Element Seven: Momentum: The reason that suspense books sell at the rate they do is not because of careful plot development. However, it is because of the quick clip of the dialogue in the book that people continue to turn the page and see what happens next. One action leads into the next and into the next to ensure that the reader is so enveloped in the train of events that they forget about all other elements of the story.
If you are attempting to write a suspense novel, check out the masters such as John Grisham to see exactly how they draw in the reader and keep them with constant action and plot changes. Or a perusal of some great Sherlock Holmes classics will net you the same discoveries as you decide “who had done it?”
Element Eight: An Awesome Villain: The term awesome might be replaced with original, there needs to be a dialectical force of opposition which leads to the protagonist and the antagonist dancing in a beautiful tango of strife. A villain with all the right characteristics will leave the reader with one of two emotions, disgust or perhaps a sense of slight pity as the reader will feel that he or she can identify with the villain.
This is one of the key elements to building any story to its greatest extent, the villain may not be a person, and it could be a government entity, a monster, or an army. At the end of the day the most important factor is the emotional charge which the villain is able to elicit from the reader. Does the reader love him, hate him, and want him? As long as the reader remembers the villain and thinks about it when he walks away, the mission has been accomplished.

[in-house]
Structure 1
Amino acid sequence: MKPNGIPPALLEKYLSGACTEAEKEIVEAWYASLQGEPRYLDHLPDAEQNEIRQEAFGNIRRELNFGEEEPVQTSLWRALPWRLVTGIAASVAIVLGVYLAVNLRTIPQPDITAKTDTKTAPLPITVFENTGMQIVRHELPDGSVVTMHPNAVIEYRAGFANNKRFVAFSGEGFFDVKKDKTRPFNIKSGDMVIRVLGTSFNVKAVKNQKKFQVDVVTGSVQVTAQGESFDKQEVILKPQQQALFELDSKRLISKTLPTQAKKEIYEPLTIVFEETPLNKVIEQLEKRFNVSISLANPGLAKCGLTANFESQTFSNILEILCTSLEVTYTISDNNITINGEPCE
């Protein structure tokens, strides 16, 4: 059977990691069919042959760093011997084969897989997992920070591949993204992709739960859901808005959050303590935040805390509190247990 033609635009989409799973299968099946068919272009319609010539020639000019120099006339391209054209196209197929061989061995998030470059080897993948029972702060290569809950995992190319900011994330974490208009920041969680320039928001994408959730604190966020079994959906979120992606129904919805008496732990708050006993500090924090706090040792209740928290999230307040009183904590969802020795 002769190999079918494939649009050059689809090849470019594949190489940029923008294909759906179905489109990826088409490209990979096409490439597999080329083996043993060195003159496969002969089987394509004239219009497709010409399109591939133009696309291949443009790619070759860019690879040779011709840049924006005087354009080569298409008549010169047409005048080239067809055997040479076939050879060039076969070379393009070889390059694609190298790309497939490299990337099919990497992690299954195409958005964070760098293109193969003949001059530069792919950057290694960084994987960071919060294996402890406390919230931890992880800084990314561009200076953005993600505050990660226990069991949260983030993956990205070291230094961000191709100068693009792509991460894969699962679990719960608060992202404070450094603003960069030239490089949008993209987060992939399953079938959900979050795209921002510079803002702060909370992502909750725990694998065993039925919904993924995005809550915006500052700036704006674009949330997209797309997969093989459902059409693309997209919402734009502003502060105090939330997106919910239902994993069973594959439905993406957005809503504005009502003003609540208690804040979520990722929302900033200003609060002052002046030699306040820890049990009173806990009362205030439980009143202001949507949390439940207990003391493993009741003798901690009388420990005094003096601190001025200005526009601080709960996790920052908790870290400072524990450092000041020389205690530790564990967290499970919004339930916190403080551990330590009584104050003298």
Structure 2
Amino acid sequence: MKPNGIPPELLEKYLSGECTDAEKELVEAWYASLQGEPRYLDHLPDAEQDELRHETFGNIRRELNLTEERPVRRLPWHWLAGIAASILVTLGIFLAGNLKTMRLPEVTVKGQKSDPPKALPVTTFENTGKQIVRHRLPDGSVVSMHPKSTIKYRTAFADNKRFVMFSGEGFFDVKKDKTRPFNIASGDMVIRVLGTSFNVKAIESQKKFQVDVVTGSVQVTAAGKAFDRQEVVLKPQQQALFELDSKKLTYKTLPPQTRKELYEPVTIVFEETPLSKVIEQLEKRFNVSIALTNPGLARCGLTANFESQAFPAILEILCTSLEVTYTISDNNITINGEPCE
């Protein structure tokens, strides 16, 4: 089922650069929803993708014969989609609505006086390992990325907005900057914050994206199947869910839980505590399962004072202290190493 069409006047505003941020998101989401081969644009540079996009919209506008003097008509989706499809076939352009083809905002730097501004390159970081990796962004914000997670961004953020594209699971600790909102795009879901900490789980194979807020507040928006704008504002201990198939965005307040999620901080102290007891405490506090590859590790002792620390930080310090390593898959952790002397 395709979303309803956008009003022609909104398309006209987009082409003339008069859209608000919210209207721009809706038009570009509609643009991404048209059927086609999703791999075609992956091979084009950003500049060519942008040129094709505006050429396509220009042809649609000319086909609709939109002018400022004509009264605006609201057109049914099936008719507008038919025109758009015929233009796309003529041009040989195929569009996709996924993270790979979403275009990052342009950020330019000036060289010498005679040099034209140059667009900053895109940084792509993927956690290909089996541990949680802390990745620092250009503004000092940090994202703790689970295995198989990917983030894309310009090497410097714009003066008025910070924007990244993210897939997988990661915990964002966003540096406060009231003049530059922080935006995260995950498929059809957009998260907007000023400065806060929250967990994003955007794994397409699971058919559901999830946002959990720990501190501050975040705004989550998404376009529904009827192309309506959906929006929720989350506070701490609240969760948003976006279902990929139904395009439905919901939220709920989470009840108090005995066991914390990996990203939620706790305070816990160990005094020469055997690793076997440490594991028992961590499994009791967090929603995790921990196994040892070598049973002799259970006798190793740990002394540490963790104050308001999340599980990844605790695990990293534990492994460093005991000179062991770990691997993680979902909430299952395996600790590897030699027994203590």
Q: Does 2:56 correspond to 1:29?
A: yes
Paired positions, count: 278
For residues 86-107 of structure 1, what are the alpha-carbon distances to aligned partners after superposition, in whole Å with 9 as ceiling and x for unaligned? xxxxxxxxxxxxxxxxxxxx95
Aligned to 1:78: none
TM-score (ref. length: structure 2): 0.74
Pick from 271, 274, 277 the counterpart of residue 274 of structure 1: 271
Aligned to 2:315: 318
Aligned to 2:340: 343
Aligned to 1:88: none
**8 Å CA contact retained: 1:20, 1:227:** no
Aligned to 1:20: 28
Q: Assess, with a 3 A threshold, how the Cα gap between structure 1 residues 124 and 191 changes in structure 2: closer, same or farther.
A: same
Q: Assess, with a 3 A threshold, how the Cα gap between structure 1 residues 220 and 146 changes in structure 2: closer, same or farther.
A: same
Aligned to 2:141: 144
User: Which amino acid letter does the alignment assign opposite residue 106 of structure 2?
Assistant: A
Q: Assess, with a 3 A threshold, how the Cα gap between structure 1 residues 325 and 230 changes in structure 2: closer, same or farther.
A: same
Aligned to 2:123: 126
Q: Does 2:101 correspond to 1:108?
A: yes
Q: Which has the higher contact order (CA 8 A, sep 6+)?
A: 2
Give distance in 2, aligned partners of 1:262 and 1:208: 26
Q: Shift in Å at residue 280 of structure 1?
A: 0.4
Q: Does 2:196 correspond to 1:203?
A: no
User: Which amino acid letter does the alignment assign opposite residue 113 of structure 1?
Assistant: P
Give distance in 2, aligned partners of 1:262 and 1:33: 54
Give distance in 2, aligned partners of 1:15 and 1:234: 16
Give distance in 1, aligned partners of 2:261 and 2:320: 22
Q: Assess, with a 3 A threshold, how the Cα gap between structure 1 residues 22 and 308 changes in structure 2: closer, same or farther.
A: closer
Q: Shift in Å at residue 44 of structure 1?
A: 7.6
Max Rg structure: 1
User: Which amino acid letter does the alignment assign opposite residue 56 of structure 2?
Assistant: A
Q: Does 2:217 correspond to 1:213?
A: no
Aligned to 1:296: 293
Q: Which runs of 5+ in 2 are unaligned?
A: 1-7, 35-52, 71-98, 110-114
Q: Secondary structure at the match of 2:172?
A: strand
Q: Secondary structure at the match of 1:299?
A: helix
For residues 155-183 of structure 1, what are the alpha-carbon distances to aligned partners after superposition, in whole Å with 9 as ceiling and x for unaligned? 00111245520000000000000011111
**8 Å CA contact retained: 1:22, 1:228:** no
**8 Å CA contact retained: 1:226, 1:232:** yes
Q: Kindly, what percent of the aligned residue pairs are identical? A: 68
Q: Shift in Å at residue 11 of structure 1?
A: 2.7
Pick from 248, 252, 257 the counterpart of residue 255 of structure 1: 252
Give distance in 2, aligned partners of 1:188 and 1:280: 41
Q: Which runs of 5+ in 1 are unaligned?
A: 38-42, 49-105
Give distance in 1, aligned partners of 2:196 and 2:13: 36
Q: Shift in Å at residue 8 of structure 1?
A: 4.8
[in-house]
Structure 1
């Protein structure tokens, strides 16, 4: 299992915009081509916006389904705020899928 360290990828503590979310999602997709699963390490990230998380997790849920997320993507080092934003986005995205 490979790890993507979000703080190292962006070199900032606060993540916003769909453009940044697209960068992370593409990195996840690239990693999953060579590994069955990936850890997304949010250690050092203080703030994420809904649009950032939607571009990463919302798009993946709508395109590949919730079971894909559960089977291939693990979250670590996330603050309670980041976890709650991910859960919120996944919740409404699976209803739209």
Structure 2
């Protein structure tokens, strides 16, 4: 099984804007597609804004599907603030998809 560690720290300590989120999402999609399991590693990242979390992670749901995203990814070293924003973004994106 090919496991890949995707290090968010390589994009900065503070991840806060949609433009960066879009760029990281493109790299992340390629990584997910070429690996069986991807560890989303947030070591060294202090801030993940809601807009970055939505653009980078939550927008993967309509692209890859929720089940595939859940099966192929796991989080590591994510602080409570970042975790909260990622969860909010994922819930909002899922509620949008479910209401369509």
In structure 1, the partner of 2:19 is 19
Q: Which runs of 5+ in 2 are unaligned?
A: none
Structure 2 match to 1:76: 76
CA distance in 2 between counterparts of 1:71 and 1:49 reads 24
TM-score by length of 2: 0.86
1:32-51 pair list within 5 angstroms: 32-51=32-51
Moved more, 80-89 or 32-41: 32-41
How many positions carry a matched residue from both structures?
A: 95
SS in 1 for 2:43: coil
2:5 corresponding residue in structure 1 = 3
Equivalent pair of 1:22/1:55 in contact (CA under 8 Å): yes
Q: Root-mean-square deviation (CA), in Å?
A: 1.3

Element Nine: Nostalgia: We have all heard the sayings, “Life was simpler in the past,” since the times of the Romans this has been a recurring theme in all of the books and movies which have pervaded our culture. People dream of living in the thirties or the forties with all the glamour and the glitter of Hollywood in its initial heyday.
However, they conveniently forget the elements of World War II and a Great Depression which were happening at that same time. Any great manuscript will have a hearkening to the past to return the reader to a simpler time and allow that nostalgia to come alive with fanciful settings and detailed descriptions.
Element Ten: A Happy Ending: As much as we might like not to think it, at the end of the day the reader wants a happy ending. Or at least minimally one which wraps the manuscript at a complete closure with satisfying results for the reader. In order for the reader to feel complete and satisfied the reader must know what happened to all of the interests and aspects of the characters that they cared about during the course of the manuscript. Those that are the hardest to digest are books which leave the reader hanging on the edge not knowing the fate of the hero or heroine.
An example of this would be in Gone with the Wind when Rhett Butler steps away from Scarlet and says, “Frankly my dear, I don’t give a damn” and Scarlet resolves to get back her man. The audience was left hungering for more to the point of desperation, and 40 years after the author’s death, another author took up Margret Mitchell’s pen to try and complete the hanging conclusion.
Whether you are writing fiction or nonfiction the elements of storytelling are universal and the same across the board. The only difference here is that when writing nonfiction it is those tiny bits of unusual fact, gleaned from amazing research that paint the vibrant pictures of a complete and factual manuscript.